Then you should watch this excellent video from Quinn Nelson at Snazzy Labs. He breaks down exactly what it's doing behind the scenes and why it will likely be a challenge for Apple to stop it from working.
Too bad it was “damn near useless,” as Colin from the This Does Not Compute YouTube channel put it in his look back on the P series and some other Weird Sony laptops from the early 2000s.
Something I’ve long wondered about is how The Last of Us would look if Frank Reynolds from It’s Always Sunny in Philadelphia was in it.
I need wonder no more.
Apple’s stinginess with the amount of RAM in the new base model MacBook Pro 14 continues to be a story, with news today that vice president of worldwide product marketing Bob Borchers defended it by saying “8GB on an M3 MacBook Pro is probably analogous to 16GB on other systems” with no actual evidence to back that up. This is the same amount of RAM found in a $600 Mac Mini or a sub-$1000 MacBook Air, but here applied to a $1600 MacBook Pro.
I’ve said it before and I’ll say it again, Apple silicon and unified memory is impressive but it’s not magic and working memory is still working memory. If you are doing any sort of multitasking, like one might expect to do with a $1600 laptop that has Pro in the name, you will quickly run into limits with 8GB of RAM. Don’t buy the hype.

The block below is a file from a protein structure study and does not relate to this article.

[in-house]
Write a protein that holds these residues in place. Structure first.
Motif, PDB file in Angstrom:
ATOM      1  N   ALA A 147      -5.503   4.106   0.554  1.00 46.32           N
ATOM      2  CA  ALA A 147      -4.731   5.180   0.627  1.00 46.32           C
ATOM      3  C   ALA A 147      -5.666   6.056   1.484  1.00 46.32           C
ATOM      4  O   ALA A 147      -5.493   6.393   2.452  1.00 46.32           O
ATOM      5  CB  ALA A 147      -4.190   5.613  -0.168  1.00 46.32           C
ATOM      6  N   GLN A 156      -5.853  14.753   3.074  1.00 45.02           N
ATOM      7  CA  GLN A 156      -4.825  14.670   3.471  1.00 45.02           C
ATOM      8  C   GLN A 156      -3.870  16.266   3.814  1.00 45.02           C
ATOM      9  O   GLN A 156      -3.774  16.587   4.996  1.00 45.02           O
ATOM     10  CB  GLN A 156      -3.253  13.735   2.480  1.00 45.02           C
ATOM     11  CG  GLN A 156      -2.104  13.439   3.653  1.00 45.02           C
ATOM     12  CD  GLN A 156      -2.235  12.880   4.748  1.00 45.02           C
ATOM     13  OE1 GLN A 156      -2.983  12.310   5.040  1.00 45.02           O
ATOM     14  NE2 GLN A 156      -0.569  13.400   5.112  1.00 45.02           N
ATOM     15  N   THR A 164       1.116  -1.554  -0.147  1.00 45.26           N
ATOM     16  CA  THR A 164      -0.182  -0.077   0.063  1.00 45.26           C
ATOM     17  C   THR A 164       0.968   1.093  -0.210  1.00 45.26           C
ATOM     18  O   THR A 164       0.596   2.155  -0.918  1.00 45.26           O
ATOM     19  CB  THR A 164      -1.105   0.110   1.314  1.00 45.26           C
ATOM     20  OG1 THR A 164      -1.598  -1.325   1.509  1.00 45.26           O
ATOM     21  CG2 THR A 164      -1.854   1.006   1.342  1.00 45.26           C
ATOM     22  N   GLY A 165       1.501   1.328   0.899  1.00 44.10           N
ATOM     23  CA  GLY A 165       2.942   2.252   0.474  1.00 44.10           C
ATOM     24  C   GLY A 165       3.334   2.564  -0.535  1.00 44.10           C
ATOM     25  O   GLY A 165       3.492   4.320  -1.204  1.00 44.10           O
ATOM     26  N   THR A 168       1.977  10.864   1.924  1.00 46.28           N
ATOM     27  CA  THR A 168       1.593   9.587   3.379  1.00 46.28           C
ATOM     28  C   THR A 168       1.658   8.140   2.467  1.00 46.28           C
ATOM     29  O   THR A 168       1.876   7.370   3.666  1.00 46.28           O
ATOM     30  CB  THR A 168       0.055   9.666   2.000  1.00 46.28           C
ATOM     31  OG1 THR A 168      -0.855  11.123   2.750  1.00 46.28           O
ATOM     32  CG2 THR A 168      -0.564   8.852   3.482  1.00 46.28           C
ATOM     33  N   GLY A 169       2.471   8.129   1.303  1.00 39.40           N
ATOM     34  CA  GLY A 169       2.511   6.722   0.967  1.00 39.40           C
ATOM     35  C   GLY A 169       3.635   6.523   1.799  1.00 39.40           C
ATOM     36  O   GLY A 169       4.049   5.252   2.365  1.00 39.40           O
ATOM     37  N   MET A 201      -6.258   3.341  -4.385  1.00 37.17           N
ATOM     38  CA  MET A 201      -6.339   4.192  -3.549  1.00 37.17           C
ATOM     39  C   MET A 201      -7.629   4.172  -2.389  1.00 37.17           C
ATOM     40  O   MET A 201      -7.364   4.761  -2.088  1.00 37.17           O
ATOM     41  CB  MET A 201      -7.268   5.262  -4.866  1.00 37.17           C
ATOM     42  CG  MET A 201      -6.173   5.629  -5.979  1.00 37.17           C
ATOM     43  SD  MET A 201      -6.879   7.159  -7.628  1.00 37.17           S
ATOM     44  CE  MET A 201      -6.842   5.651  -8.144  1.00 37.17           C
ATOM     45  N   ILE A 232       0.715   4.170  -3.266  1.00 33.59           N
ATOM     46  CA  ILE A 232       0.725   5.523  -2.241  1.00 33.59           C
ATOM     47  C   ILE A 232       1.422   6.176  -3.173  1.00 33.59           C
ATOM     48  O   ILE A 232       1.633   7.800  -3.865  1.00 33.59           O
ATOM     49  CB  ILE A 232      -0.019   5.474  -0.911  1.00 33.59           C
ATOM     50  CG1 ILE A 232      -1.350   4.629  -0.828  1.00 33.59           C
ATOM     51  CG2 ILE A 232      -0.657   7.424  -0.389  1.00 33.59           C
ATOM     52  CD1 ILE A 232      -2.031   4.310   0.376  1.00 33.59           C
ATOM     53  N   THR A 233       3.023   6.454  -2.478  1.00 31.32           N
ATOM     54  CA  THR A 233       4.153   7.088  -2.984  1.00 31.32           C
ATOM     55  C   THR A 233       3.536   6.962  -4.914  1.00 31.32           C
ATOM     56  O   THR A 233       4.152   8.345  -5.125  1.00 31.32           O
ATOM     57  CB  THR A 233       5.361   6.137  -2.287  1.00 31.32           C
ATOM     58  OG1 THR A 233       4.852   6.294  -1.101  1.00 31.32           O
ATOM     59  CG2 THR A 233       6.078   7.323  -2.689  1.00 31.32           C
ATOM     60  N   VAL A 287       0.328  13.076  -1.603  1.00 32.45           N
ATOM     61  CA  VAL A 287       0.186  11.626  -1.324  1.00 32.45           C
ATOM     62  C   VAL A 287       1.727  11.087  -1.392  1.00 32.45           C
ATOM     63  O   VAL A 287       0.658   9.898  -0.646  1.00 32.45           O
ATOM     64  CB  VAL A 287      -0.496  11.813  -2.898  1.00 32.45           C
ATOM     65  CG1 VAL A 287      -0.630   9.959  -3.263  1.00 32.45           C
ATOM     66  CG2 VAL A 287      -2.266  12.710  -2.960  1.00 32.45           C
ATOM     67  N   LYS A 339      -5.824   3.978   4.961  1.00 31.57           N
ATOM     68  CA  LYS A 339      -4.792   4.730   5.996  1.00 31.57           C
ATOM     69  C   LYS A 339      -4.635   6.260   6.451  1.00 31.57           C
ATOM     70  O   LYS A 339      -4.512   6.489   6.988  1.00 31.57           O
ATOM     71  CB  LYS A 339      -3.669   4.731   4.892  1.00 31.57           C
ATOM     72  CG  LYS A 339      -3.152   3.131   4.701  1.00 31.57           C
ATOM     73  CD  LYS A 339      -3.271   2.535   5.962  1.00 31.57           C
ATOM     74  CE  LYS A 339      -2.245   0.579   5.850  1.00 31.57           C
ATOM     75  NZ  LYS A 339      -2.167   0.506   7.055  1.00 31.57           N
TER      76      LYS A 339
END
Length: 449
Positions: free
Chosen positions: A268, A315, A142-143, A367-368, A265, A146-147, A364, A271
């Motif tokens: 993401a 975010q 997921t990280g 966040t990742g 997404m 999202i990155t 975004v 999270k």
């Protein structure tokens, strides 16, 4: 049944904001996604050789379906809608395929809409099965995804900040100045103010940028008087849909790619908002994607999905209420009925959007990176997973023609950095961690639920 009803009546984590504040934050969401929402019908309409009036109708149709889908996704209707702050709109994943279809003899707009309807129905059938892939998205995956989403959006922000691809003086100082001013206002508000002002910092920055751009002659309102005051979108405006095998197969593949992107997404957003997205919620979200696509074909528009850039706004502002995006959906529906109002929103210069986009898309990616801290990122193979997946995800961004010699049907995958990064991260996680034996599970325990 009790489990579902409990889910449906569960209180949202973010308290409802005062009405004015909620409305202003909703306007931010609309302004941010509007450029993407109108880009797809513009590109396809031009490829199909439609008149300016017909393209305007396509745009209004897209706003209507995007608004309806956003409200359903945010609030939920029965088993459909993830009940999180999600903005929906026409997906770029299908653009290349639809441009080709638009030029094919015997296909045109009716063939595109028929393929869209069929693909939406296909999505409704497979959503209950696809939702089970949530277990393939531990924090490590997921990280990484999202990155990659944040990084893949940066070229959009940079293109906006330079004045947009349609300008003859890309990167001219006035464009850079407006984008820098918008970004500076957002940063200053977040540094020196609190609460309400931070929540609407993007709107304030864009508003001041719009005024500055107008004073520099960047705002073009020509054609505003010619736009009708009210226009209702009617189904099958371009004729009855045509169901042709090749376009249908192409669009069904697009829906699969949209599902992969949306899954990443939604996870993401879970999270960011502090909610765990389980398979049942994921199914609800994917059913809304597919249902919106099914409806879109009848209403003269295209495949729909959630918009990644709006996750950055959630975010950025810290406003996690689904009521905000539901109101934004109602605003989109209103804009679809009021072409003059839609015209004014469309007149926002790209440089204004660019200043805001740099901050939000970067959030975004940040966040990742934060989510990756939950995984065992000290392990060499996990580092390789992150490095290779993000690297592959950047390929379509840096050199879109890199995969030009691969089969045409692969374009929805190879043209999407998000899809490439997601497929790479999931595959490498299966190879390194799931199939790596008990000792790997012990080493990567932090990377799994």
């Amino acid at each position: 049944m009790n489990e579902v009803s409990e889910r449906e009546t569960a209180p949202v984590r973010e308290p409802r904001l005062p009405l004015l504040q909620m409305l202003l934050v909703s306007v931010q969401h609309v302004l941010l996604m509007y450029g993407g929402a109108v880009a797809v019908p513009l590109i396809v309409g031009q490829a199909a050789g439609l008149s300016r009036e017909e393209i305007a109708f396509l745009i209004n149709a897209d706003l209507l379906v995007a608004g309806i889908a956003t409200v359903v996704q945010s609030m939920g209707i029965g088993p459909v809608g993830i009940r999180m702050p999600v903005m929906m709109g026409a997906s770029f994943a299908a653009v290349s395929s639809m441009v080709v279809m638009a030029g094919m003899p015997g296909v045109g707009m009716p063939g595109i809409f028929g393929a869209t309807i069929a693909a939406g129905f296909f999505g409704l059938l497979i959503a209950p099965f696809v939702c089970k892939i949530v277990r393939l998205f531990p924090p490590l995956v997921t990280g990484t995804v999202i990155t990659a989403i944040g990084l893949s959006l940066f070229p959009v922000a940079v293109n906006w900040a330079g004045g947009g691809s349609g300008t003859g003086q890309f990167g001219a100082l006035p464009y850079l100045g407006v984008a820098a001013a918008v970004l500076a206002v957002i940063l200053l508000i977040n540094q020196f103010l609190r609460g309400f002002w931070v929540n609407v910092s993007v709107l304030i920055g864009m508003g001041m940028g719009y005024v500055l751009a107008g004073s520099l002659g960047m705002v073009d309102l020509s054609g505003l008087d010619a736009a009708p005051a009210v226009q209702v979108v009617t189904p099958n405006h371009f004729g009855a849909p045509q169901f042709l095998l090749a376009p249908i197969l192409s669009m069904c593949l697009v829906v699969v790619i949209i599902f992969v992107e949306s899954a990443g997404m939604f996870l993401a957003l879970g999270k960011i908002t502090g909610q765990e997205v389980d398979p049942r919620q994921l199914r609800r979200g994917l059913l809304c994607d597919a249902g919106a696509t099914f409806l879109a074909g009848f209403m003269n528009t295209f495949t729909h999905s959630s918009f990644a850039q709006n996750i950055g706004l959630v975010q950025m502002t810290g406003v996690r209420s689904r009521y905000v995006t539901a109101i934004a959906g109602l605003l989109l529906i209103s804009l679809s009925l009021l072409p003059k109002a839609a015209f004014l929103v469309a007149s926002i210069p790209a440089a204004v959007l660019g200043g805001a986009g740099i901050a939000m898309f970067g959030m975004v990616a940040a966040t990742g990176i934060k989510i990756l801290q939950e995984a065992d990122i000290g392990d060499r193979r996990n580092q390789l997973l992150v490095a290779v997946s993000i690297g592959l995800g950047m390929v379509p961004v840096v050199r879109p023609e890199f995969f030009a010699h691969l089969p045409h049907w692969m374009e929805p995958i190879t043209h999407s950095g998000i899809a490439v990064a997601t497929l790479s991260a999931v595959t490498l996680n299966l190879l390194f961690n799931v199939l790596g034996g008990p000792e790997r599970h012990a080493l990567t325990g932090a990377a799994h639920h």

But hey, if you’ve got Tim Cook’s number, might as well use it. (For the uninitiated.)
Former Verge reporter Sam Byford has a lengthy rebuttal in his Multicore newsletter to the criticisms of Leica partnering with Xiaomi that popped up recently.
Sam has actually tested and used many of the Xiaomi phones (along with countless other devices from Chinese OEMs that never come to the states) and can state unequivocally that they are good products with excellent cameras. Beyond that, he notes that it makes sense for Leica, which has never been shy with licensing its brand all over the place, to want its brand in front of millions of aspirational customers.
Sam goes deeper into the history of why Chinese smartphone software looks and works the way it does, too. It’s a good read and smart perspective that we don’t always see in Western coverage.